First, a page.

With the Change of Seasons, We Learn the Gentle Art of Letting Go




Fall has come. Every year the change of seasons happens so gradually that it’s hard to notice the transition. One morning you open your eyes and the world outside looks completely different. The pinks, whites, and reds are gone, and the skies are bursting with new colors.

While flowers start to fade and begin to settle in for a long winter sleep, the trees are taking center stage. They are bursting with colors from deep reds, to vibrant oranges, bright yellows, and even majestic purples.

Fall-Leaves-Arturo-Castaneyra- (1)Have you ever taken the time to stand in awe of the sprawling canopy of one of these majestic beauties, noticing its dark, mysterious leaves? Those small, magnificent colored leaves take up a lot of space: giving the trees their personality and beauty.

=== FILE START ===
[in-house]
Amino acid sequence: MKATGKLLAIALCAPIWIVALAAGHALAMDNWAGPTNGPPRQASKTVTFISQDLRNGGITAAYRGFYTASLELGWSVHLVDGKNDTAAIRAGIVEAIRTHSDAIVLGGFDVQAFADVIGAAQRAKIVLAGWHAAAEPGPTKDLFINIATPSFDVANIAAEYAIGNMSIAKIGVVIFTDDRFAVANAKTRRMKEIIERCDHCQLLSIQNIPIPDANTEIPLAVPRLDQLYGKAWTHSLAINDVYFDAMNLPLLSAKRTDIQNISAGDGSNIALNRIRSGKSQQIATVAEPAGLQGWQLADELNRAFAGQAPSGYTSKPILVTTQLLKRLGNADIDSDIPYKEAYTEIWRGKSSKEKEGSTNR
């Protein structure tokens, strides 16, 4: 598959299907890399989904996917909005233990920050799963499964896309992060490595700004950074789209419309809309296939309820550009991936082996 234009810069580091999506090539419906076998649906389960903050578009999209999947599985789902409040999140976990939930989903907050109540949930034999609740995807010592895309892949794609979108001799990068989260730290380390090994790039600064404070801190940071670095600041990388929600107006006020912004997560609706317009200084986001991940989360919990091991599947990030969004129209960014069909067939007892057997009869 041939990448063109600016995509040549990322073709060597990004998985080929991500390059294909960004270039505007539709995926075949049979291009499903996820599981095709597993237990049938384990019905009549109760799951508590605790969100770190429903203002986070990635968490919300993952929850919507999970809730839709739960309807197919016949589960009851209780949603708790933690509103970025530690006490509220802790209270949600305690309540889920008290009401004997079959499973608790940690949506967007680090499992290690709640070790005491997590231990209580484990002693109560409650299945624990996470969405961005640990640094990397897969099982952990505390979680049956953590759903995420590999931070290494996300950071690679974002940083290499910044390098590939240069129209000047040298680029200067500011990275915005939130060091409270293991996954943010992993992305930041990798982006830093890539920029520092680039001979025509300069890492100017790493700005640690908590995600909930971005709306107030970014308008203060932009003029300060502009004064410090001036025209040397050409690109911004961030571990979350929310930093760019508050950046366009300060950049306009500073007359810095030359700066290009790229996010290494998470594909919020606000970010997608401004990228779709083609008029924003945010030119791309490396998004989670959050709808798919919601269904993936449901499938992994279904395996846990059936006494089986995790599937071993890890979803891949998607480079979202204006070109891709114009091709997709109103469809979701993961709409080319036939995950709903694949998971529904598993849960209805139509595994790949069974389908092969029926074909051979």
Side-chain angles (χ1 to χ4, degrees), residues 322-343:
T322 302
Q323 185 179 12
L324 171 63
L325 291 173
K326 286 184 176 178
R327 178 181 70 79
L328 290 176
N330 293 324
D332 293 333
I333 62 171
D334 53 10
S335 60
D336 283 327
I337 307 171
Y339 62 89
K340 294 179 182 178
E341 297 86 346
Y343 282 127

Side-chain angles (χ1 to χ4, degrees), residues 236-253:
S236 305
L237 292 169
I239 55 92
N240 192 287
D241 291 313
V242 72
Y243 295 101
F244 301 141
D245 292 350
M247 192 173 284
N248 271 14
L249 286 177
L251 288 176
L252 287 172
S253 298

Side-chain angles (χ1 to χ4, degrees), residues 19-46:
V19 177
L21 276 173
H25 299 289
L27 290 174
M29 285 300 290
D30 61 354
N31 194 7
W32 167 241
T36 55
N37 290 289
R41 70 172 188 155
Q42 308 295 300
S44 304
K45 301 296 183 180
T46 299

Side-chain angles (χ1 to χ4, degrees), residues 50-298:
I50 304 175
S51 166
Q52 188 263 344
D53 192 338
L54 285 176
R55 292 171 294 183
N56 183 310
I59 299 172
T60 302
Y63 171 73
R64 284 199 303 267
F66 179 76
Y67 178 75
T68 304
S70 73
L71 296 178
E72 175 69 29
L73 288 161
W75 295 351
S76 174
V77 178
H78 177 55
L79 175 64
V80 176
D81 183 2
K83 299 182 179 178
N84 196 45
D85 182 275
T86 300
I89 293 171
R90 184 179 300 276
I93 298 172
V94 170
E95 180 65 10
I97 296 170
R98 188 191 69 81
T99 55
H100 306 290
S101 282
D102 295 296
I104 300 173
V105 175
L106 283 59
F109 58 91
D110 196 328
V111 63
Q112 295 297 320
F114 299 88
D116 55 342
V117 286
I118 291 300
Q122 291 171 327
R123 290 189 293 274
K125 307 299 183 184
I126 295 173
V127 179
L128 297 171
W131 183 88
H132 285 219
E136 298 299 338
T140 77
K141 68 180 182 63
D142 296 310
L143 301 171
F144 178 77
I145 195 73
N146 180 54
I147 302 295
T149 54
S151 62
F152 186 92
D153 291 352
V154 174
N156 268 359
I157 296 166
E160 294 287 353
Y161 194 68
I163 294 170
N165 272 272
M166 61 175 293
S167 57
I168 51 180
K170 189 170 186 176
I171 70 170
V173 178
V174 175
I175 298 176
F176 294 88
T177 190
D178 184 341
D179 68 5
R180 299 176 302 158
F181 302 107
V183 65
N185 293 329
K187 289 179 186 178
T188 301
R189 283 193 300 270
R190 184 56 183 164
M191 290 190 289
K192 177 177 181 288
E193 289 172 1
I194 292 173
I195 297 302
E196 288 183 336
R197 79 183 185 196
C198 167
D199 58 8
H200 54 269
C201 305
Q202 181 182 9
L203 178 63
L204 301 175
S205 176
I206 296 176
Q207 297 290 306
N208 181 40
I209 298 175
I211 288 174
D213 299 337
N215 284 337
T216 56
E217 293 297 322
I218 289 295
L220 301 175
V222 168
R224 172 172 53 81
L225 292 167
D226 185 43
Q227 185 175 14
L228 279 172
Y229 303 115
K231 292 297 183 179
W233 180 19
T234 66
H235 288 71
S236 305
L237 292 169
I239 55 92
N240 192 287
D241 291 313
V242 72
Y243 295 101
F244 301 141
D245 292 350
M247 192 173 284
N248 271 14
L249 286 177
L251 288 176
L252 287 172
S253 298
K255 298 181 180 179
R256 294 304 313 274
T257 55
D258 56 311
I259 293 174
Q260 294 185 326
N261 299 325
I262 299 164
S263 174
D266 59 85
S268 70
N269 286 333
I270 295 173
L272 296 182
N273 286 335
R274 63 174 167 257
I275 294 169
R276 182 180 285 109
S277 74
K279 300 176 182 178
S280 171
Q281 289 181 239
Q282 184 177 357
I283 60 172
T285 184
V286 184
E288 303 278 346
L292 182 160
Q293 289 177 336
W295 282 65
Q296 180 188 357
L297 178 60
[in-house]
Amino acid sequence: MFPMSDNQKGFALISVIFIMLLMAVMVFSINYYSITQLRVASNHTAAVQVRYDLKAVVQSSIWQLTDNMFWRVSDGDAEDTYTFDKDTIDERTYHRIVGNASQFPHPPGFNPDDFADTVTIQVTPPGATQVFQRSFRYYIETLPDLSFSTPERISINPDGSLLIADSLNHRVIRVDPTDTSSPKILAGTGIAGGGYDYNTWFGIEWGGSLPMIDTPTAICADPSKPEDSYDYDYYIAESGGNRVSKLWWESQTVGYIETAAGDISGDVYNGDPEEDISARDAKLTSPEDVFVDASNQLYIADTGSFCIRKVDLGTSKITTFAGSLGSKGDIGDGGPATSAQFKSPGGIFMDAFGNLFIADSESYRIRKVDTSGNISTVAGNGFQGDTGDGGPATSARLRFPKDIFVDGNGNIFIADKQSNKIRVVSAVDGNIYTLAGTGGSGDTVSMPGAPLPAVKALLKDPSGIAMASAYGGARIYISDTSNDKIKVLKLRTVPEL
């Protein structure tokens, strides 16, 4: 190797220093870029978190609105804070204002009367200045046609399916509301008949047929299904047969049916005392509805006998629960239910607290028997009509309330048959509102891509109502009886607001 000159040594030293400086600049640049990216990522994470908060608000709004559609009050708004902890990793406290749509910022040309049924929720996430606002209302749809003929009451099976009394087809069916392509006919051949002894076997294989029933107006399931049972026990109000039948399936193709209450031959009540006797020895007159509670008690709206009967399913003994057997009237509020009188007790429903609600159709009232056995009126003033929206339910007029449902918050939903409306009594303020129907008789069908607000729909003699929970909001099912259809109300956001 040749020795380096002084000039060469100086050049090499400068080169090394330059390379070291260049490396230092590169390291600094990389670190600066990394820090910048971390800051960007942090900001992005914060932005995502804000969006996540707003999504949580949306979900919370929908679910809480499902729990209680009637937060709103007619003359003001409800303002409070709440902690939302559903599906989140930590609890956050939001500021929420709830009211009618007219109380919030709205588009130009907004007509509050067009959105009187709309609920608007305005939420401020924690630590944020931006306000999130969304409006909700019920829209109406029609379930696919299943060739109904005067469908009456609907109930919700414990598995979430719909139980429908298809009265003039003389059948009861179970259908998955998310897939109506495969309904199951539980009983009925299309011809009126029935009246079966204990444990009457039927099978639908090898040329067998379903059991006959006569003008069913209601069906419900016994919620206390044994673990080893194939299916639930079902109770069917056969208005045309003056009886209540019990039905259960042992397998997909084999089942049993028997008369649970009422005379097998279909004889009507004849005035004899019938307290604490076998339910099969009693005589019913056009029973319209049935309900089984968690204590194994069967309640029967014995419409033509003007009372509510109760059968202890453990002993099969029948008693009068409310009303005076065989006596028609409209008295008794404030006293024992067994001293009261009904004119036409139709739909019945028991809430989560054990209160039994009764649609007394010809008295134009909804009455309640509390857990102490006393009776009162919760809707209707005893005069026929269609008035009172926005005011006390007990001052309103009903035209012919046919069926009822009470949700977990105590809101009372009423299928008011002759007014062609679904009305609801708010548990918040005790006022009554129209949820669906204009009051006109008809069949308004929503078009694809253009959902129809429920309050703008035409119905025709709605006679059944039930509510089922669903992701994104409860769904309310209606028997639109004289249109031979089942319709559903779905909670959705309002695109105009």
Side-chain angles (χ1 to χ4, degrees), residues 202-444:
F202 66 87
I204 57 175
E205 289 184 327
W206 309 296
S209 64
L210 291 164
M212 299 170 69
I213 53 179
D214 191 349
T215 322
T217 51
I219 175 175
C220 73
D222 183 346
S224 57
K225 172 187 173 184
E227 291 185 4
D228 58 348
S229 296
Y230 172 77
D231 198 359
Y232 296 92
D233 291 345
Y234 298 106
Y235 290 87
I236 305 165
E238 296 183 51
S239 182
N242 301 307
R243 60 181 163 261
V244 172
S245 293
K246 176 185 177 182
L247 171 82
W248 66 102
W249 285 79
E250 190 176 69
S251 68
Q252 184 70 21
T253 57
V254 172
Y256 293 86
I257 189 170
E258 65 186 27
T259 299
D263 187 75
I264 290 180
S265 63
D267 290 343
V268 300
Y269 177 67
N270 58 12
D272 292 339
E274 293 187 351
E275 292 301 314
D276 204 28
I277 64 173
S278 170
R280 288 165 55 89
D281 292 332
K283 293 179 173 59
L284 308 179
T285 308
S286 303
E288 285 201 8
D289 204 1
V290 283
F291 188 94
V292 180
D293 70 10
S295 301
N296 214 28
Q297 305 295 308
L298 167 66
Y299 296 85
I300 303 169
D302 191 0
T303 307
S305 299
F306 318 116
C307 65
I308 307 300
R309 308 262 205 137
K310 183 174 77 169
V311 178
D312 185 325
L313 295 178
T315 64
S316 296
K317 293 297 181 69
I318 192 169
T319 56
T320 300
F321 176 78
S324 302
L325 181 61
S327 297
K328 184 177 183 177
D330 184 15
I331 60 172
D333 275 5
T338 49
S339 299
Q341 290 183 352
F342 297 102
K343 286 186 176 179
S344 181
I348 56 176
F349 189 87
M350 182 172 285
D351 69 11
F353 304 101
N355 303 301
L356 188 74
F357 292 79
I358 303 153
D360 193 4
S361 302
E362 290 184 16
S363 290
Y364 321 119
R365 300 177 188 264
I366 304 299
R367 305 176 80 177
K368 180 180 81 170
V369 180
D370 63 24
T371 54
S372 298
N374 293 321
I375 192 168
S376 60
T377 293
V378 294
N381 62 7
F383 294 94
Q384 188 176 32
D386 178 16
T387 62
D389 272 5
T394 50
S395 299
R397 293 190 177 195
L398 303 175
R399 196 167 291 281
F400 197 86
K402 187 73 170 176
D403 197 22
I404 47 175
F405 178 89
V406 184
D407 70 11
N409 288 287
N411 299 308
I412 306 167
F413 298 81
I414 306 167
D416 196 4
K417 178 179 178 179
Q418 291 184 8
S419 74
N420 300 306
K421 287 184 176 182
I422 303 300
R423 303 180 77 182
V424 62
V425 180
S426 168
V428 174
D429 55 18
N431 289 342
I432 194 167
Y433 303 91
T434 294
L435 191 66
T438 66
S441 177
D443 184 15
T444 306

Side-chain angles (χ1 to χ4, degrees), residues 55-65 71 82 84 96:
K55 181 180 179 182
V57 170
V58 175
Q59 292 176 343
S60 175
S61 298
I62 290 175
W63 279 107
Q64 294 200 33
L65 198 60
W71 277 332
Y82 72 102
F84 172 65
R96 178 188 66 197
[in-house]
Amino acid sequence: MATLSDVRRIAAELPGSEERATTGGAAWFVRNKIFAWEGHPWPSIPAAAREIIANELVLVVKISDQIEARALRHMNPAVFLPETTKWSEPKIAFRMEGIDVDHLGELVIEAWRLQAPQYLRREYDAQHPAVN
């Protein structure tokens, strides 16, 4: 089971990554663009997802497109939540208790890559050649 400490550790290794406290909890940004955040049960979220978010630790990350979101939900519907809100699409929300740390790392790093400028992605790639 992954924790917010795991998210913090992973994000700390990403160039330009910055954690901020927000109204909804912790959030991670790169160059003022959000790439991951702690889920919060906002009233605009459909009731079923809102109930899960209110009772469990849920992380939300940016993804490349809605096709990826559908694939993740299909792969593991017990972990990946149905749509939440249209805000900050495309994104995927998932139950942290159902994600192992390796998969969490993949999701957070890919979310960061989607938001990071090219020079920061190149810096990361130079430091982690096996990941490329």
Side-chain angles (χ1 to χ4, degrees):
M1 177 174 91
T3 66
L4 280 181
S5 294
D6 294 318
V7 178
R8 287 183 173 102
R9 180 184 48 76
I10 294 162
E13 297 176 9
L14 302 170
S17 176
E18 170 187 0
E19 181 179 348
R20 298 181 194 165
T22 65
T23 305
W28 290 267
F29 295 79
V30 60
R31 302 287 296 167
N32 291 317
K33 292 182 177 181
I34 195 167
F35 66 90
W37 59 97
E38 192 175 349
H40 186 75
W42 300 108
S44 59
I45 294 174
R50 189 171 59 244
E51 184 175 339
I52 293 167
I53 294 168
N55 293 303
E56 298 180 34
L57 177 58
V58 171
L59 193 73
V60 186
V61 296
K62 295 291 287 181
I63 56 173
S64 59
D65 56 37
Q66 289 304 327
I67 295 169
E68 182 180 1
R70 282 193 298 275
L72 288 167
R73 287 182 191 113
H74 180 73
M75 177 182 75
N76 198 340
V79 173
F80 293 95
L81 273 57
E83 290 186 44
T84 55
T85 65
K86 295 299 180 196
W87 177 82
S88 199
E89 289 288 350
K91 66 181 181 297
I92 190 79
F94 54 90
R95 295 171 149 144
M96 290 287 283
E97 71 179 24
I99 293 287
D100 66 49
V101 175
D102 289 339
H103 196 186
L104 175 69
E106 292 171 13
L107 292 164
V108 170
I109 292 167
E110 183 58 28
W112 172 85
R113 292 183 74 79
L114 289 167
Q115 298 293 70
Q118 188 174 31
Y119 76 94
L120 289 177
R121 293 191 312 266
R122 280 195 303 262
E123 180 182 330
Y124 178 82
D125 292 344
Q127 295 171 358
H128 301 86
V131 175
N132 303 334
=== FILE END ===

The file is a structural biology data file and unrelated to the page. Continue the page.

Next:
leafOr, have you ever been struck speechless at the sight of a yellow elm tree aglow in the sunlight, almost like it’s on fire?

Fall Trees


After a few weeks of these wondrous trees showing their glorious colors, the leaves begin to drop. Slowly at first, one, two, three. And then suddenly, there seem to be leaves everywhere. If you have one of these gigantic beauties in your yard, you know how many leaves a tree can hold. It seems you rake them for weeks!

In the rhythm of life, it is necessary for the tree to drop its leaves. This is part of its natural cycle. The tree is preparing for a long winter rest. Winter is about waiting, resting, and reflecting. In the depths of winter, through harsh winds and cold temperatures, the tree stands tall and strong. It is waiting through the cold months to burst forth again with new life.